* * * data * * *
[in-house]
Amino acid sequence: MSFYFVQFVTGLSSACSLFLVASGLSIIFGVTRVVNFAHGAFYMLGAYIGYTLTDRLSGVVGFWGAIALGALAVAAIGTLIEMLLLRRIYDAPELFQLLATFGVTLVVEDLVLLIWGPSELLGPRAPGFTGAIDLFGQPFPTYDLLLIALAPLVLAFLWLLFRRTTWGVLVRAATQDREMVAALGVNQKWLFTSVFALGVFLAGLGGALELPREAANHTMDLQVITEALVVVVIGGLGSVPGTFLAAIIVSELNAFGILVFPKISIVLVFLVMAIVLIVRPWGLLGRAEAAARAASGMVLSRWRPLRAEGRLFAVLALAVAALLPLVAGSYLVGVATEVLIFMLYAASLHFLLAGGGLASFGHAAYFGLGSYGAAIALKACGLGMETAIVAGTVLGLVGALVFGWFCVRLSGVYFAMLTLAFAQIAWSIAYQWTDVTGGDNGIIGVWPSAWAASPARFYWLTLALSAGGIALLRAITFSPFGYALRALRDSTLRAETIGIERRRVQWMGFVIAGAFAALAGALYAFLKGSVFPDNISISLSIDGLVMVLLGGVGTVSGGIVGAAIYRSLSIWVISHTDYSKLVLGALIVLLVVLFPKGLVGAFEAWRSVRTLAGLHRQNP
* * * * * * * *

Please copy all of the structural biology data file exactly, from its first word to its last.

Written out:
[in-house]
Amino acid sequence: MSFYFVQFVTGLSSACSLFLVASGLSIIFGVTRVVNFAHGAFYMLGAYIGYTLTDRLSGVVGFWGAIALGALAVAAIGTLIEMLLLRRIYDAPELFQLLATFGVTLVVEDLVLLIWGPSELLGPRAPGFTGAIDLFGQPFPTYDLLLIALAPLVLAFLWLLFRRTTWGVLVRAATQDREMVAALGVNQKWLFTSVFALGVFLAGLGGALELPREAANHTMDLQVITEALVVVVIGGLGSVPGTFLAAIIVSELNAFGILVFPKISIVLVFLVMAIVLIVRPWGLLGRAEAAARAASGMVLSRWRPLRAEGRLFAVLALAVAALLPLVAGSYLVGVATEVLIFMLYAASLHFLLAGGGLASFGHAAYFGLGSYGAAIALKACGLGMETAIVAGTVLGLVGALVFGWFCVRLSGVYFAMLTLAFAQIAWSIAYQWTDVTGGDNGIIGVWPSAWAASPARFYWLTLALSAGGIALLRAITFSPFGYALRALRDSTLRAETIGIERRRVQWMGFVIAGAFAALAGALYAFLKGSVFPDNISISLSIDGLVMVLLGGVGTVSGGIVGAAIYRSLSIWVISHTDYSKLVLGALIVLLVVLFPKGLVGAFEAWRSVRTLAGLHRQNP